In another thread, the topic of the current administration's plan (or lack of, if that's what you think) in Iraq has 'failed'. And in pursuit of that thought, Pyro said:
There may be arguments that thier post-war planning was as good as it could be, but these are pretty poor excuses. What happens when your plan fails and your boss comes up to you and asks what happened? "it didn't account for all the variables", "it should've been updated", "it was hard". Seriously.
And it got me thinking. What about all of the failed plans to fix social ailments over the past 50 years? Have those plans been subjected to the level of scrutiny in the press and public debate that the plan to rebuild Iraq has? Have we spent 1/10th the effort pointing out that the plans like the 'war on poverty', rent-controls, welfare, social security, government sponsored heath care, affirmative action, sex education in schools, 'progressive learning' in schools, etc have all failed more miserably than the plan to rebuild Iraq?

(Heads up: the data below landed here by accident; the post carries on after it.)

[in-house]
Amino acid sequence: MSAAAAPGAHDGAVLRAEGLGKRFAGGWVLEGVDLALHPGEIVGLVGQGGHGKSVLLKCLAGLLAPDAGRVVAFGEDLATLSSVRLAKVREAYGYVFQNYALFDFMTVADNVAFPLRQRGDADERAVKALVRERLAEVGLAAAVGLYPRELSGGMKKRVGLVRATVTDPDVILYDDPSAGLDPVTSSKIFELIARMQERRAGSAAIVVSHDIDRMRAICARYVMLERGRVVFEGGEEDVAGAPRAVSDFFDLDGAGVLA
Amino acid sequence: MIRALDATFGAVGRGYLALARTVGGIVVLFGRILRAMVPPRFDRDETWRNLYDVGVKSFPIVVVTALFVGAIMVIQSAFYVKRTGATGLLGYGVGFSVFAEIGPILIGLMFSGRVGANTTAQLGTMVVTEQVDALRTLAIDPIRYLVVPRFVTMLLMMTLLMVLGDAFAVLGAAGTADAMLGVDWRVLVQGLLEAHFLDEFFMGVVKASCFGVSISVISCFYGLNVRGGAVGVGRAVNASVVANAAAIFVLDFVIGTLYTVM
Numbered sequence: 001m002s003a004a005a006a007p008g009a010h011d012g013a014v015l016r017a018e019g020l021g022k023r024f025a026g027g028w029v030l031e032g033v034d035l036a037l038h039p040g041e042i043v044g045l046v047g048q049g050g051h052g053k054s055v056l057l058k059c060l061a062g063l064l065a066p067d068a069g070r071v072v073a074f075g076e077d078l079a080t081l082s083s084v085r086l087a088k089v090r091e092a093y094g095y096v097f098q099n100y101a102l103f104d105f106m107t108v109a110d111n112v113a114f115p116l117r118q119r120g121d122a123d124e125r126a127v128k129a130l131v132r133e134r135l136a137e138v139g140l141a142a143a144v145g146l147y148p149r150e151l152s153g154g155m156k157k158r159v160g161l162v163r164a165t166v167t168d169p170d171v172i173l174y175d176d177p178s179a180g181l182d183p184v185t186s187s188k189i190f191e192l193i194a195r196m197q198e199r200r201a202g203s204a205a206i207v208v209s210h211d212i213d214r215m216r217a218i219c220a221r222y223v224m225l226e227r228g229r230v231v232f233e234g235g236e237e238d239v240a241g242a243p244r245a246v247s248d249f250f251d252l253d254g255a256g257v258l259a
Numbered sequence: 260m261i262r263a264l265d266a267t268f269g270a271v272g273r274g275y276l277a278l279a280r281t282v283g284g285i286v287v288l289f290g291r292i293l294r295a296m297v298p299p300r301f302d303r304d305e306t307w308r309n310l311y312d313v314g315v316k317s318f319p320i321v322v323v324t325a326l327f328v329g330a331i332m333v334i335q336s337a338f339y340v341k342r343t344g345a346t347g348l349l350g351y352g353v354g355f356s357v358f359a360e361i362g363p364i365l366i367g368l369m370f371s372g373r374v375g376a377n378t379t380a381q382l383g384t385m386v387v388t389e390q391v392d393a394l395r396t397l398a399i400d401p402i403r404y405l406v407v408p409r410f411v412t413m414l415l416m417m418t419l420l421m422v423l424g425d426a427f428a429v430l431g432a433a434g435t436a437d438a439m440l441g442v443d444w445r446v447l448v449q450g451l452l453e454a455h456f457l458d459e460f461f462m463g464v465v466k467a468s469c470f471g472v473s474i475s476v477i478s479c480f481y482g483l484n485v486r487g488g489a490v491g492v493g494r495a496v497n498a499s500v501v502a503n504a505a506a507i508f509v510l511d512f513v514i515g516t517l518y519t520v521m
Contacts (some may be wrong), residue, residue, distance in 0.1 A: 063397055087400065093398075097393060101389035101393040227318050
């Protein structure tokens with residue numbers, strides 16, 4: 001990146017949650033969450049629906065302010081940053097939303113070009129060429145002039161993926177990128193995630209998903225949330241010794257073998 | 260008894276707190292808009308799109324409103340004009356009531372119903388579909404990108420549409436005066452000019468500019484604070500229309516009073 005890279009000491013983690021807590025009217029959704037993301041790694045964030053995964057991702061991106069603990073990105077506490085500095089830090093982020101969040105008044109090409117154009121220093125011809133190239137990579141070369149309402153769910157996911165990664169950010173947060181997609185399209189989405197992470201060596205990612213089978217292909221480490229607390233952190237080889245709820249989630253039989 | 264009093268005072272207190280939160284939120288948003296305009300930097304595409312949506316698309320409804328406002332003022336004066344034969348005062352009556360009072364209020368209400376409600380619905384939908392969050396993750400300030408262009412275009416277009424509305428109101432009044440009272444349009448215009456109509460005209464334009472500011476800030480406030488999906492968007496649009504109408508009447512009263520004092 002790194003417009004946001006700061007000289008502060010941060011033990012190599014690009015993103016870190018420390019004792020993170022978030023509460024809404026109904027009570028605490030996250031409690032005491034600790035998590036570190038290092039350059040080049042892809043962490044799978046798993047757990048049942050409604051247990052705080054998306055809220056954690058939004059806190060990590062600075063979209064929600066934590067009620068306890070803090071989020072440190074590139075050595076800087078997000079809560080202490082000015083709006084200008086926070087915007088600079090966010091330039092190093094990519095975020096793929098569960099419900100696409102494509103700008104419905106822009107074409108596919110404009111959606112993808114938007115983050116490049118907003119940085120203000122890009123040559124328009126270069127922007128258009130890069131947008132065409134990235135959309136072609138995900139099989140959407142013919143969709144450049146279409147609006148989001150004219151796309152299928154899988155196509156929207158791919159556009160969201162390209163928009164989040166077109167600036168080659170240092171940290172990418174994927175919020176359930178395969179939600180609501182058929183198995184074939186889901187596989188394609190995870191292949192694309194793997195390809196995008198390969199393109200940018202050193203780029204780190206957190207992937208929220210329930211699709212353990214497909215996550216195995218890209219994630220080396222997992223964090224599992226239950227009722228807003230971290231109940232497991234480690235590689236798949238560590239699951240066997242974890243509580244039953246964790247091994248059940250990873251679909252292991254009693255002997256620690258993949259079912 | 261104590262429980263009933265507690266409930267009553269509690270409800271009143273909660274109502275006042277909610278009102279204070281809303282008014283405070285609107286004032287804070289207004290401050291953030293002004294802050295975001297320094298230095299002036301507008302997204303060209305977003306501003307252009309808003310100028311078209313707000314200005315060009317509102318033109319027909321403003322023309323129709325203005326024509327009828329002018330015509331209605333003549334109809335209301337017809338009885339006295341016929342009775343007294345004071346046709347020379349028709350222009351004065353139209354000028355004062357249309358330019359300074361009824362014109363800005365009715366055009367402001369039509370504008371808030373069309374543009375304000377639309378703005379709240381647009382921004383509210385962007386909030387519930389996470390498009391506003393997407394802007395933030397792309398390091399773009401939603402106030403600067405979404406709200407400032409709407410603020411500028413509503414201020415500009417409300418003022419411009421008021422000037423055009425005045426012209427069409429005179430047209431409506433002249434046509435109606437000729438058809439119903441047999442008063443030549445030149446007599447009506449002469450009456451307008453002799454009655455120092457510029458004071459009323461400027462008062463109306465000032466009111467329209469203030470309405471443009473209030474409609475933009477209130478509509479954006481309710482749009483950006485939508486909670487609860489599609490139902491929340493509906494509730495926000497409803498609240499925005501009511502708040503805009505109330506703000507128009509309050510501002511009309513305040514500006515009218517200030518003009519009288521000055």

Why are we so quick to proclaim that an effort to rebuild a nation has failed before even a year has passed, and yet 40 years of 'criminal reform not criminal punishment' causing an actual increase in crime goes unnoticed?